As might be expected, Sarah Palin appeared to be more than a little nervous, especially at first. By contrast, Joe Biden, who has experienced a lot of high political drama, seemed much more comfortable.
Because last night's vice-presidential debaters were there mainly to promote presidential candidates, they often sounded like a series of ads, first for Obama, then for McCain, back and forth. There were times when I expected to hear the standard voice-over: "I'm _______, and I approve this message."
Since Michele laughed at me because I watched the debate with pen in hand and a notepad on my lap, you should be especially thankful for the following list of a few other things I noticed:
1. Joe Biden got in a good line when he compared a McCain policy to "the ultimate bridge to nowhere."
2. Considering the pressure that was on Sarah Palin, I thought she performed remarkably well. There were a few times, though, when she couldn't seem to do much more than throw out a string of phrases, reminiscent of the Katie Couric interview.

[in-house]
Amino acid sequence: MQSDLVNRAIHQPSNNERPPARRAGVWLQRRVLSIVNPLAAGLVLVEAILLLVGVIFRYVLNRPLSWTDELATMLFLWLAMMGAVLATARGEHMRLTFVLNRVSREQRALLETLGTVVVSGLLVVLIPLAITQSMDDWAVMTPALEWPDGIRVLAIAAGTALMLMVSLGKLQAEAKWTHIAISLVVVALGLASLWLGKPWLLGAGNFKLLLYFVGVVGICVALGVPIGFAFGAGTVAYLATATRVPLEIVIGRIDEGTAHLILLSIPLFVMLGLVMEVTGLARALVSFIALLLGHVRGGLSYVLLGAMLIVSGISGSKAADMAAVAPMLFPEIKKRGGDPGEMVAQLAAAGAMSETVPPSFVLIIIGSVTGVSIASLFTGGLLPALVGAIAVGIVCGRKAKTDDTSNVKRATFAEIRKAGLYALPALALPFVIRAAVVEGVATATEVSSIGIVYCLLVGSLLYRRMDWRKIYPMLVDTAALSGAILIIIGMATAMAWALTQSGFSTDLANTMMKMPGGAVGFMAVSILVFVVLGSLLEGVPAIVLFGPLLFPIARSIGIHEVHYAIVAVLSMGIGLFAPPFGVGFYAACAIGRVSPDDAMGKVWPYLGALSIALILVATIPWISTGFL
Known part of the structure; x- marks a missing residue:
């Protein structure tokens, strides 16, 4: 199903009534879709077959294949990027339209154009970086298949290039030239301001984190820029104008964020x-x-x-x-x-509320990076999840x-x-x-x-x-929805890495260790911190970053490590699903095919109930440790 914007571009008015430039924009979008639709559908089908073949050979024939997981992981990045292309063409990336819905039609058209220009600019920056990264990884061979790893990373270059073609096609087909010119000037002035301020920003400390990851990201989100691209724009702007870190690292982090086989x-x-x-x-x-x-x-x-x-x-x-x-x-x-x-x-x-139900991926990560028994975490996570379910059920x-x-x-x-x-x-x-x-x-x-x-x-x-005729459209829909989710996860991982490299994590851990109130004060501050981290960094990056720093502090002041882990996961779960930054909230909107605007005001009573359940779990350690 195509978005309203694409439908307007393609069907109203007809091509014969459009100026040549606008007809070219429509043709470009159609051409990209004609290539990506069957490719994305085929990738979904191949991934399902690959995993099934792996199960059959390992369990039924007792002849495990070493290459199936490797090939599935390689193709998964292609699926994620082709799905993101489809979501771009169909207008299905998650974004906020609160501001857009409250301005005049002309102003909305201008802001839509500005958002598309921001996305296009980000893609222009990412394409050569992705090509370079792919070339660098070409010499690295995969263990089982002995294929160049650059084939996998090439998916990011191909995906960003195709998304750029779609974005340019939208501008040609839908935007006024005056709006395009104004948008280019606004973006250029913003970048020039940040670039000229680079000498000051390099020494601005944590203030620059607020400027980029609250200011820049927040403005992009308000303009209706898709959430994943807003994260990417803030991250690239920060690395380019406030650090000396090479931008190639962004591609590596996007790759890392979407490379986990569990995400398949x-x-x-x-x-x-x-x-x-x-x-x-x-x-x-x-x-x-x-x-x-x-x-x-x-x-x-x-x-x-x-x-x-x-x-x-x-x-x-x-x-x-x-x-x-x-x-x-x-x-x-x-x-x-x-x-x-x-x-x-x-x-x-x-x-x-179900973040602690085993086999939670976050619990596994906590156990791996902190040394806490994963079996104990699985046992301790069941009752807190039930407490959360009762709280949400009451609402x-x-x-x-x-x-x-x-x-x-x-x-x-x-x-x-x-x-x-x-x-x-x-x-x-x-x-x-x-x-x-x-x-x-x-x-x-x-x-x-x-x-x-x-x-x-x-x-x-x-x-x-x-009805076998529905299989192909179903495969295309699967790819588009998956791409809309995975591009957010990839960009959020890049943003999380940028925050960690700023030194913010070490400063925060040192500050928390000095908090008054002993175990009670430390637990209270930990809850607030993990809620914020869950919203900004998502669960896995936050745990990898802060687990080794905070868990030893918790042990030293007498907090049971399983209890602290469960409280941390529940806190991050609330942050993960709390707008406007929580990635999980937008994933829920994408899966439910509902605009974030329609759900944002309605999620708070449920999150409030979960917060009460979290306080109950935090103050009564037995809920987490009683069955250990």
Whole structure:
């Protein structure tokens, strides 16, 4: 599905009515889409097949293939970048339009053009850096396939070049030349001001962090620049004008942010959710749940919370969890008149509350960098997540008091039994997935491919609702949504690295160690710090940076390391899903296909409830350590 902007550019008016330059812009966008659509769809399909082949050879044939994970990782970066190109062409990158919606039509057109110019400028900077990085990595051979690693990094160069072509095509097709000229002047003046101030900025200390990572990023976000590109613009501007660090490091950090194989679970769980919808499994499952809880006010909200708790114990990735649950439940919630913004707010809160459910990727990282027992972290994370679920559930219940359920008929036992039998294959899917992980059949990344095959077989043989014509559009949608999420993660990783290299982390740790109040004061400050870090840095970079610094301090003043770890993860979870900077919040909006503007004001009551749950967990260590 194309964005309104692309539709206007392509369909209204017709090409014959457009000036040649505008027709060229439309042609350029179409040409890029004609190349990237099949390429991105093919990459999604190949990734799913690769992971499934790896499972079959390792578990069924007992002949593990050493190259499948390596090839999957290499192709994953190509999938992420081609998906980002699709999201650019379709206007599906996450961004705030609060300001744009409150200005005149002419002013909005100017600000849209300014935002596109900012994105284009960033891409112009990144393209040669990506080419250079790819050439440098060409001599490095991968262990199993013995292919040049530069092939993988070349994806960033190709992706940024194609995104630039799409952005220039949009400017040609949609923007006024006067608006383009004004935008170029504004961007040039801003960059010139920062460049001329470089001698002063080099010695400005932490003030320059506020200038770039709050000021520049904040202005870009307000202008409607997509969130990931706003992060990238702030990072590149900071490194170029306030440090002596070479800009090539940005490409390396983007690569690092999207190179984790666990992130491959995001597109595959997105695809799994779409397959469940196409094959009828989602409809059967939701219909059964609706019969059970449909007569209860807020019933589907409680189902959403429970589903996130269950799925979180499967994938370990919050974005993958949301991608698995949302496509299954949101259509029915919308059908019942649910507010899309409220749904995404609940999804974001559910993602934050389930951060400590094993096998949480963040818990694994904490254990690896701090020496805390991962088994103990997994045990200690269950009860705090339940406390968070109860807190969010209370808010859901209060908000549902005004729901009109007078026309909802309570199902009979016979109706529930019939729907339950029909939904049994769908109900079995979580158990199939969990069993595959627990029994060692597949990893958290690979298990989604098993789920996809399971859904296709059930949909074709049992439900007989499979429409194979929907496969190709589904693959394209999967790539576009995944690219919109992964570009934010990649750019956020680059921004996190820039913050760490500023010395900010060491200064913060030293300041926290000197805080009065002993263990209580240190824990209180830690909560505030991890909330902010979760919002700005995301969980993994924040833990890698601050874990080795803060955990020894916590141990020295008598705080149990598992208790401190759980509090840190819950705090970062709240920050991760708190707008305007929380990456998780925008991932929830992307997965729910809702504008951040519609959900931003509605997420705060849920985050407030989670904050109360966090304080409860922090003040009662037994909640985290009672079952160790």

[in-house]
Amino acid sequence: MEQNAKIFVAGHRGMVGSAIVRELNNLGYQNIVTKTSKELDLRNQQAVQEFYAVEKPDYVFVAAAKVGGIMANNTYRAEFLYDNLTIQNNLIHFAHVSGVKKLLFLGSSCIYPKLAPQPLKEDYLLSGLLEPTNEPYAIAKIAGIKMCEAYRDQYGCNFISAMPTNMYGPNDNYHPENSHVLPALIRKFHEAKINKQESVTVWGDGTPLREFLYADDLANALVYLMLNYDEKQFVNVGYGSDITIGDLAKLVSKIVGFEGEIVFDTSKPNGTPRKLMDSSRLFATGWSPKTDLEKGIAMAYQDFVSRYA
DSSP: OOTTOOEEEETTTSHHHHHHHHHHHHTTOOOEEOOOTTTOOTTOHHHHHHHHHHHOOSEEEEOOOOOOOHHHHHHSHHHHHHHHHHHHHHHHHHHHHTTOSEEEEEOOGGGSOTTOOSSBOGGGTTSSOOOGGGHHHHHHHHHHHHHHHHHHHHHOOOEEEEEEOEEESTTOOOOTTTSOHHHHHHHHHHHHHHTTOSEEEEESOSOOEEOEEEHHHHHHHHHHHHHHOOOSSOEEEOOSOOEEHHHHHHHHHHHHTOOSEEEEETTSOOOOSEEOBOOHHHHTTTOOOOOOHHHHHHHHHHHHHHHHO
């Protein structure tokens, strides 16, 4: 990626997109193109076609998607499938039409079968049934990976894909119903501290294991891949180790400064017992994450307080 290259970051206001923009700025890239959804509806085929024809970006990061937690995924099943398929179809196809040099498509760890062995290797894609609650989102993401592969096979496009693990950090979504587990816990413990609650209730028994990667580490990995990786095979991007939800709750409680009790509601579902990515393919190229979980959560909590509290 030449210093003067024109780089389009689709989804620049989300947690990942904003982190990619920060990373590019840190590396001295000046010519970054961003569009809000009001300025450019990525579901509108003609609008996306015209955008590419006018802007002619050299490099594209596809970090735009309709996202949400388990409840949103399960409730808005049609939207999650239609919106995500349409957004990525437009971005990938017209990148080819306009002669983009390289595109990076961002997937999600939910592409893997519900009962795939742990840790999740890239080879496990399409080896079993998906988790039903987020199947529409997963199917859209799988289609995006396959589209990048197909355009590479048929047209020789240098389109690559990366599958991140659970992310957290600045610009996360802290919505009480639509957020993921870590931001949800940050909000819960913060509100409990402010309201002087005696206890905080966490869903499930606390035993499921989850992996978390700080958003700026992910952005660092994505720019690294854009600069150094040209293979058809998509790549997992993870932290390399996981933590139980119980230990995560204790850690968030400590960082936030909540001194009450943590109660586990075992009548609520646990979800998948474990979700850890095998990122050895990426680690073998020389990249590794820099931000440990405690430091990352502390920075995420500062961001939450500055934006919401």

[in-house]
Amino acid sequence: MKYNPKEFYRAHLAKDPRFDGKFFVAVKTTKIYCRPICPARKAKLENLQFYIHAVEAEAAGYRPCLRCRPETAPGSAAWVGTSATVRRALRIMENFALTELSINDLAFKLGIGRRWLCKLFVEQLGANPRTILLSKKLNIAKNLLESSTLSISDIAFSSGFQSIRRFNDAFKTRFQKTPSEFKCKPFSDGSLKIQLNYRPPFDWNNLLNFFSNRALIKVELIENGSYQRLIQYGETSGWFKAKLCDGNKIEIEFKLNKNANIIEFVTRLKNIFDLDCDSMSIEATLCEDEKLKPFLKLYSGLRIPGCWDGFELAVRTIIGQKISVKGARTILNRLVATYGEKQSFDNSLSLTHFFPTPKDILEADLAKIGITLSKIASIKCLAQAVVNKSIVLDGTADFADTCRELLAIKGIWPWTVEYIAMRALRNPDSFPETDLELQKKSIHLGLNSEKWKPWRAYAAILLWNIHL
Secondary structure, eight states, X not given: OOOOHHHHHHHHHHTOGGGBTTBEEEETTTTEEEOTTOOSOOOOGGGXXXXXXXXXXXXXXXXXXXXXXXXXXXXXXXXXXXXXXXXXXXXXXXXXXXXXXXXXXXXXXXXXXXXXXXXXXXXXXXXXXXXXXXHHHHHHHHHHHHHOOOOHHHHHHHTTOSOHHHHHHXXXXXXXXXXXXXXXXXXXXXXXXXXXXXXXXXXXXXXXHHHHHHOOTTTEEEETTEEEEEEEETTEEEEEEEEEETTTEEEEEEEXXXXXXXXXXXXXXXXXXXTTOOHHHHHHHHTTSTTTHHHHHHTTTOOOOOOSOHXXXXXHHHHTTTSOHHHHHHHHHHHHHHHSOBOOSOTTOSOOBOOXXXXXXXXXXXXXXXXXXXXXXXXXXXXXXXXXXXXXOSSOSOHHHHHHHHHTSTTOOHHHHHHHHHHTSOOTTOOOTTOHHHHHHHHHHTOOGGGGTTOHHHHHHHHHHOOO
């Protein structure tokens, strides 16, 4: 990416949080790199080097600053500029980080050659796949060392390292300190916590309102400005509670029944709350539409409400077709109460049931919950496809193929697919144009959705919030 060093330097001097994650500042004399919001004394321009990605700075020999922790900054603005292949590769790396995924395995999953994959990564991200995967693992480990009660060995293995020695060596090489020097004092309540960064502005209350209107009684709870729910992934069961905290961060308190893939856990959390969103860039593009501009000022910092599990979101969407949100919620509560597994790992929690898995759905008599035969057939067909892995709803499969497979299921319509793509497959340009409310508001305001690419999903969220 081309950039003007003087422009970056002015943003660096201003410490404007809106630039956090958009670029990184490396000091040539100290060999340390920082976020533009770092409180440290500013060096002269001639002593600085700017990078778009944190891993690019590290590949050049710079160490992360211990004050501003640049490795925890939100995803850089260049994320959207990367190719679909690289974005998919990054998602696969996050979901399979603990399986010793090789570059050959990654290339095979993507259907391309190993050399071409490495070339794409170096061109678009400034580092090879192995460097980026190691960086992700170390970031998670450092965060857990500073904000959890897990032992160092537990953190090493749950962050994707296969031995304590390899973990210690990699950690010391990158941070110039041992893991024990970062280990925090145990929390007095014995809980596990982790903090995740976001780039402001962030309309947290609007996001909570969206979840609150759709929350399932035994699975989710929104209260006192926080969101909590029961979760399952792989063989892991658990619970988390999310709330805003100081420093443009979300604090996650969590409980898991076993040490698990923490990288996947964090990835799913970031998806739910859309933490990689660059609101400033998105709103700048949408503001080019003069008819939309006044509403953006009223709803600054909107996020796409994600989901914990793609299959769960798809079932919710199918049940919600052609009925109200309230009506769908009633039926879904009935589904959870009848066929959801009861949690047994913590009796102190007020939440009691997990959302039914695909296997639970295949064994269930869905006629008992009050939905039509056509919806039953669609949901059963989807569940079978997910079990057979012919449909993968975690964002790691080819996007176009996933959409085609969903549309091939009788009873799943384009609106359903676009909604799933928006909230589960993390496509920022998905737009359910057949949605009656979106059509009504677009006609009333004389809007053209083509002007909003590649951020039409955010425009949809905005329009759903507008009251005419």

3. I was amused by a Palin line, used more than once, to the effect that we've got to "Stop the greed and corruption on Wall Street." Good luck with that one.
4. Why is there a correlation between running for high political office and not being able to pronounce the word nuclear? It started with Jimmy Carter, continued with George W. (did his dad do this too?), and now Sarah Palin. They all say "Nucyooler." What's up with that?
5. For all of the grumbling about "politics as usual" this campaign certainly does feel different from previous ones. For example, it seems to me that John McCain's stature as an former prisoner of war generates a deference to him that winds up being returned, at least some of the time. More than once last night, Joe Biden said of McCain, "I love him." Can you imagine, in the Bentsen-Quayle debate featured in yesterday's post, Lloyd Bentsen saying something like that about the former President Bush? This race is very different.
What did you think? What stuck out to you?